Yes, a loan can be extended automatically, but only under certain conditions. Background: If the debit interest rate commitment on your real estate loan expires, the bank must inform you in writing three months before this expiry whether it would like to extend the loan agreement with you or not. If she is ready to do so, she will usually submit an offer to you directly and set a deadline within which she will keep this offer. You can then decide whether to accept or reject it. Accept it, roll over. If you reject it, you will need follow-up financing from another bank.
But what happens if the customer does not conclude follow-up financing at all?
If you as a customer do not react to the bank’s offer and do not otherwise take care of follow-up financing, the old loan from your old bank will automatically be continued as a variable loan. This is common practice, but can be expensive for the customer: variable loans have a significantly higher interest rate than annuity loans with fixed interest rates. Banks base their interest rates on variable loans on the reference rate and add about 1-2 percentage points per year as a margin.
If mortgage lending simply continues as a variable loan, the rate can change every three months due to a rising or falling interest rate. If you had a much higher interest rate in previous years, the currently favorable interest rate of the variable loan, which has been adjusted to the current market level, has a positive effect at first: your rate will drop.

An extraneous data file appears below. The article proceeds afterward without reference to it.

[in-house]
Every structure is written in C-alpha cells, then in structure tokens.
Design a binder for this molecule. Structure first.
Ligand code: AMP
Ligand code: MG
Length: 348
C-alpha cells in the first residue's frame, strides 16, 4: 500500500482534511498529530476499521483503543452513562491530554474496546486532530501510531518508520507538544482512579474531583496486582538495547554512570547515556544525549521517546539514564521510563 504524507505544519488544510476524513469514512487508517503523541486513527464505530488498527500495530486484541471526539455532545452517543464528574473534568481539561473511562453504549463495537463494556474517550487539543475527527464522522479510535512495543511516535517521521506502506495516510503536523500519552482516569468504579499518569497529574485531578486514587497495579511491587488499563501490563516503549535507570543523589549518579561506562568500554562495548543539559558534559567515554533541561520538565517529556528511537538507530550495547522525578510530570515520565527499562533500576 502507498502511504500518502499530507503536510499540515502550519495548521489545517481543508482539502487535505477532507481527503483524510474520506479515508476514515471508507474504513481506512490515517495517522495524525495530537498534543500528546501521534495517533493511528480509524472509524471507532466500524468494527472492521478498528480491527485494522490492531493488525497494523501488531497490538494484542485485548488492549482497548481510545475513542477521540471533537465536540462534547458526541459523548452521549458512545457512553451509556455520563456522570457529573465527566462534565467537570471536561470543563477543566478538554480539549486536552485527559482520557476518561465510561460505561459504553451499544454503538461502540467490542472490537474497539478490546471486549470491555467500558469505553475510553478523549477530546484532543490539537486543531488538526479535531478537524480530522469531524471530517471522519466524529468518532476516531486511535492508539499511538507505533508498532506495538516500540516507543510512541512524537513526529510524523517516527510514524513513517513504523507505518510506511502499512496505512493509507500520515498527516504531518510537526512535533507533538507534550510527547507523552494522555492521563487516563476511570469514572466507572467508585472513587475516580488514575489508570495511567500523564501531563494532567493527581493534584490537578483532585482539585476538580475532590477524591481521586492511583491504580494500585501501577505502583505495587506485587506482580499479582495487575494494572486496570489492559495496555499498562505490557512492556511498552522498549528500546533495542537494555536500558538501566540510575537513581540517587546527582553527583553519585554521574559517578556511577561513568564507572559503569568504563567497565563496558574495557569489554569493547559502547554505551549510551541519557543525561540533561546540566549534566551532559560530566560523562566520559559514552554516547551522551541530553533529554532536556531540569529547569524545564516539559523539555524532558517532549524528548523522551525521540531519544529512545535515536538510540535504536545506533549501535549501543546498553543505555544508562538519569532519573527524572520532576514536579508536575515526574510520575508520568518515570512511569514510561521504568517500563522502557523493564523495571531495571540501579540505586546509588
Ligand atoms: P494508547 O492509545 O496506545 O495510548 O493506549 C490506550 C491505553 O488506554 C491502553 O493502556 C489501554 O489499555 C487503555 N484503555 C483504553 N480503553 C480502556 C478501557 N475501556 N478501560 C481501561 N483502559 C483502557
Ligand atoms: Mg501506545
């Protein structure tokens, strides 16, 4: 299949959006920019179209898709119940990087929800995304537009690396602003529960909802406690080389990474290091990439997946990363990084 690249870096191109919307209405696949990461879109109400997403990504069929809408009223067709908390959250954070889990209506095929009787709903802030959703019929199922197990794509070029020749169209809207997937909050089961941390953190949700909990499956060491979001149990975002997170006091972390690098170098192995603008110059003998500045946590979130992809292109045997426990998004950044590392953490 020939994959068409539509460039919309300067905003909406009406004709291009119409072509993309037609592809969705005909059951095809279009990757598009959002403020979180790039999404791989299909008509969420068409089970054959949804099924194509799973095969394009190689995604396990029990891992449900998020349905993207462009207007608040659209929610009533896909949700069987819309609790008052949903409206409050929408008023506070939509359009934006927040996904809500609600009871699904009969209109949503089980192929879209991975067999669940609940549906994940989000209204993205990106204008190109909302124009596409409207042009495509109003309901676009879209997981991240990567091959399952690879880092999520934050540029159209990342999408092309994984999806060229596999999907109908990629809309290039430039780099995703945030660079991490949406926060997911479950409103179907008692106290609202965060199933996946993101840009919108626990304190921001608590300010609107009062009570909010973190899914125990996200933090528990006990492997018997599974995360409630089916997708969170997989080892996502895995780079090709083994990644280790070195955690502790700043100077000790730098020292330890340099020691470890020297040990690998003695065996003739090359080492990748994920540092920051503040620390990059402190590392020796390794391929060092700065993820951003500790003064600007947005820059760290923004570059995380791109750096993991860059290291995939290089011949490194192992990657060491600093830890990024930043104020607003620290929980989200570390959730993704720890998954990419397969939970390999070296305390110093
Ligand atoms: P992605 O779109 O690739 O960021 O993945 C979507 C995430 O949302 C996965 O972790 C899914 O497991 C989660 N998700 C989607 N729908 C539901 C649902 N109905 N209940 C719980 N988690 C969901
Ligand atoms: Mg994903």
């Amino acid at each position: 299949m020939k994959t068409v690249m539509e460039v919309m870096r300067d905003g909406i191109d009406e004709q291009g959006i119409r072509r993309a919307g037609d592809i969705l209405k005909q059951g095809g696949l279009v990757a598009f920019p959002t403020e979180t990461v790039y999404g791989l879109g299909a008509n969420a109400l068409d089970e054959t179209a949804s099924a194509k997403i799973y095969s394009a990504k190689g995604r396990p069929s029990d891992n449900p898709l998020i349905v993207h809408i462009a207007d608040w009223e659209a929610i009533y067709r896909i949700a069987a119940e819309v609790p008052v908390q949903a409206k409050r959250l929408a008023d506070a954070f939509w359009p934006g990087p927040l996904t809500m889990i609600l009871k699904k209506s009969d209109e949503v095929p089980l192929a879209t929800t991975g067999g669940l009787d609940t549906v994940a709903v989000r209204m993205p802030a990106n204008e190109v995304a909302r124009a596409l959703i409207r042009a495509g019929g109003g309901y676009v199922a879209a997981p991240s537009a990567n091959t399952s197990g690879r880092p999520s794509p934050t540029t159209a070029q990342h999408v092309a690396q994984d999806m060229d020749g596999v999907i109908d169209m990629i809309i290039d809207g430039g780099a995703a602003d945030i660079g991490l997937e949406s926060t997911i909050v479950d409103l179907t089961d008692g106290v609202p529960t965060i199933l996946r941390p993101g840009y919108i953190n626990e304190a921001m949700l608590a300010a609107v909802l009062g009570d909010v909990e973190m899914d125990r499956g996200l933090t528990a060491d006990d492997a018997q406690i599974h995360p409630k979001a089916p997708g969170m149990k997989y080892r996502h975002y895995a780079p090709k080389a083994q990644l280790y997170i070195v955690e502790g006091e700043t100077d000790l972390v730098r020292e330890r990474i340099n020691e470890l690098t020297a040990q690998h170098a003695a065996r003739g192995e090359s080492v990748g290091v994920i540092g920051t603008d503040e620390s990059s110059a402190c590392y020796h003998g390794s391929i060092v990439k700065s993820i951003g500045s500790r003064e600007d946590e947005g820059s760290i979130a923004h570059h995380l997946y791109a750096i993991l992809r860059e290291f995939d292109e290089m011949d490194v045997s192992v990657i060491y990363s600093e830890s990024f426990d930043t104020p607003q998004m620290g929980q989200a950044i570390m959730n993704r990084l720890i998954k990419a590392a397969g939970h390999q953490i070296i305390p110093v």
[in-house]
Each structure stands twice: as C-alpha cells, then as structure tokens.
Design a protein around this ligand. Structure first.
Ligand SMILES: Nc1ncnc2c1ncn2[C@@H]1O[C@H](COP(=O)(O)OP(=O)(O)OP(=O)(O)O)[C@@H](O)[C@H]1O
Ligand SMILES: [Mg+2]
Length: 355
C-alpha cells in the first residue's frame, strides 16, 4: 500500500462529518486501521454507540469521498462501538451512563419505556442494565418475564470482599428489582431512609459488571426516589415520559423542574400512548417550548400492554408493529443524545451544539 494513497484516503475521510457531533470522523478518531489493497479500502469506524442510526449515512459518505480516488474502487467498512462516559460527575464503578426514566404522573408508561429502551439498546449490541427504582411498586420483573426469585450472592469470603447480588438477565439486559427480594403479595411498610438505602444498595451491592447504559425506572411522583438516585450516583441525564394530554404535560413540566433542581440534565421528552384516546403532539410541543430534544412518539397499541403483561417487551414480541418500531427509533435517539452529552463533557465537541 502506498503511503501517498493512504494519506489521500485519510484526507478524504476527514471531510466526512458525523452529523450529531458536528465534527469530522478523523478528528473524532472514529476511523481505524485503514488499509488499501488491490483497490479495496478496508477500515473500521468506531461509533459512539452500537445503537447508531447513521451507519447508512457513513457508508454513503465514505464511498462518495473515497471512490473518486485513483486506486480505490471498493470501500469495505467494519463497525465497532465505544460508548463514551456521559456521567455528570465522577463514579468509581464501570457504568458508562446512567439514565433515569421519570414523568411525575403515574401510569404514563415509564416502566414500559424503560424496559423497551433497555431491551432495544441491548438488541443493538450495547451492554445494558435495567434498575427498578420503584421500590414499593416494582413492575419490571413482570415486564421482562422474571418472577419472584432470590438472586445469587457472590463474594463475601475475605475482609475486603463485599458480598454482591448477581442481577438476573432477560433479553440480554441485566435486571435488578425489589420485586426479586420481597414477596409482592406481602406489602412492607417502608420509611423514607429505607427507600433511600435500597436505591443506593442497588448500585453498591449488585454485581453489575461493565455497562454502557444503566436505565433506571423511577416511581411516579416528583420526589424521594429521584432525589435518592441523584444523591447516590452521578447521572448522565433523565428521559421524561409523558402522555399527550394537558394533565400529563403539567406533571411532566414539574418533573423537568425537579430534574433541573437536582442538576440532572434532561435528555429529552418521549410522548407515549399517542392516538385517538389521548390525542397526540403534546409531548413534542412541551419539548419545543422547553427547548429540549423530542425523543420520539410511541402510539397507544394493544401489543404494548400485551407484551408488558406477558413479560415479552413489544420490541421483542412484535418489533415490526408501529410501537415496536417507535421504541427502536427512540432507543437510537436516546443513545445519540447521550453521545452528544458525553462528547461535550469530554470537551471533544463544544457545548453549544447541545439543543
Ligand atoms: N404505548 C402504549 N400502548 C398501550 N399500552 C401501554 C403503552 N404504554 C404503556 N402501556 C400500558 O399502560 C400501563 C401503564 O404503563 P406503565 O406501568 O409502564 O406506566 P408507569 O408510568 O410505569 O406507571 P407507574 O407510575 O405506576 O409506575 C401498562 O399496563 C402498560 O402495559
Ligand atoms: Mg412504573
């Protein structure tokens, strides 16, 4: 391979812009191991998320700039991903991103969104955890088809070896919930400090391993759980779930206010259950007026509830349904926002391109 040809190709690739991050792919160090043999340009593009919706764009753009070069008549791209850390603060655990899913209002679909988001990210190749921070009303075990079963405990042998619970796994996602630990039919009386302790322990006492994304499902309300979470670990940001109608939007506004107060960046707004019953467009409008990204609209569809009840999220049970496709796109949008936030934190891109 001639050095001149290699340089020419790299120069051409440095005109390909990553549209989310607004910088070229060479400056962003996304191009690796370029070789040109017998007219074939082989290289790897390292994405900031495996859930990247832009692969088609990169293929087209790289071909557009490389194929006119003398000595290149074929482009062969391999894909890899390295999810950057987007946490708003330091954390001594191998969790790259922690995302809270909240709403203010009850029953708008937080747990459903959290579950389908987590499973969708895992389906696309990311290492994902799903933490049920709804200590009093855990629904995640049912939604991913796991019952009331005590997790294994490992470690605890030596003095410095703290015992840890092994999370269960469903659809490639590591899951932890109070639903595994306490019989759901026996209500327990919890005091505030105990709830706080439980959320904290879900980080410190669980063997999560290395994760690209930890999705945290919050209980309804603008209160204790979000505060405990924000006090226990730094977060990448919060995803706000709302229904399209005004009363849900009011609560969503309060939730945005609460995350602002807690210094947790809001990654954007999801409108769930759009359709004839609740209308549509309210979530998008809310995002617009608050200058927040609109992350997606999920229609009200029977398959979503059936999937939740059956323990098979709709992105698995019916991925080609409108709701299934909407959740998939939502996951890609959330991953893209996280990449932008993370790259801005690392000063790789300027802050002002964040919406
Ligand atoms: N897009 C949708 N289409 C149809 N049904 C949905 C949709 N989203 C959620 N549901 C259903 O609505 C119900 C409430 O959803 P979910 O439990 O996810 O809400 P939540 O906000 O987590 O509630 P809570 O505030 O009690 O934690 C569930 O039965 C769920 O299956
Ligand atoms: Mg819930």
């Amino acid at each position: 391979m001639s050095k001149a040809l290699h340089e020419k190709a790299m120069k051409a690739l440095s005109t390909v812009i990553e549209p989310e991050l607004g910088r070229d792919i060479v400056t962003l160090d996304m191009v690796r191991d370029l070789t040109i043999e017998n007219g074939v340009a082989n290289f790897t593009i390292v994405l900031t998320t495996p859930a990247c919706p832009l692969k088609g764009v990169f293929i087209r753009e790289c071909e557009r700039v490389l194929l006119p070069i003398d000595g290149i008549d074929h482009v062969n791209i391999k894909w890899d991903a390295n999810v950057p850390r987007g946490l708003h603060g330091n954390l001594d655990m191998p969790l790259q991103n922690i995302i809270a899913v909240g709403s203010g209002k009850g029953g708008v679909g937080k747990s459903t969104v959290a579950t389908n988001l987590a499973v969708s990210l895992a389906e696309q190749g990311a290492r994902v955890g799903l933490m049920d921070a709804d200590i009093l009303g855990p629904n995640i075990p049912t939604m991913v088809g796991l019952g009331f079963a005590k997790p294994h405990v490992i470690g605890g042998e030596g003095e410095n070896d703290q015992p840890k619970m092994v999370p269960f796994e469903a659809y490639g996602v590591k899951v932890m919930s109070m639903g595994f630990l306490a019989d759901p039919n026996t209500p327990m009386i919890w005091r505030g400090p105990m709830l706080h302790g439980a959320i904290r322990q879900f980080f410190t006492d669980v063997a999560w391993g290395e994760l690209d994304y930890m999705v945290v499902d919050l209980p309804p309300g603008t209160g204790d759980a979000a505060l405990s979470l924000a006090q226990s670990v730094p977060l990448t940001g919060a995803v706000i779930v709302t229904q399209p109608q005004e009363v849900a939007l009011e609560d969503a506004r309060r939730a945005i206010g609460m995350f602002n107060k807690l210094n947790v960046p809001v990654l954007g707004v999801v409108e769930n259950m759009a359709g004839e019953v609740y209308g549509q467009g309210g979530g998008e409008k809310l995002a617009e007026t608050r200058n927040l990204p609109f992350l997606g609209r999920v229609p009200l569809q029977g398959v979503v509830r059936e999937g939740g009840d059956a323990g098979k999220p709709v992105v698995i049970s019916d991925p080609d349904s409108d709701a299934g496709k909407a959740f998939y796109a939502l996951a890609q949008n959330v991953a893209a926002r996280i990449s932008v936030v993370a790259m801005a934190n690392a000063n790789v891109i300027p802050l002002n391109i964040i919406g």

Nevertheless, at this moment it is always better to conclude follow-up financing with a fixed rate of interest and not simply to let the building financing continue because you generally drive it even cheaper. From a purely financial point of view, it is in the customer’s best interest to replace the variable loan as soon as possible with a cheaper, safer loan with fixed interest rates.
For this, variable loans – as the name suggests – can be completely replaced at any time with a three-month notice period. This replacement does not incur any additional costs. A prepayment penalty is not charged for variable loans.
Can the bank simply consider one of the offers submitted as accepted if it does not receive an answer?
No, she can’t. Recently, there was a case where a bank made a rollover offer to the customer and told him that if the customer did not respond within a certain period of time, they would consider the offer accepted. When the customer did not respond, the bank continued to finance its construction as if it had accepted the offer. This turned out to be unlawful: The bank should not have regarded the silence of the customer as consent.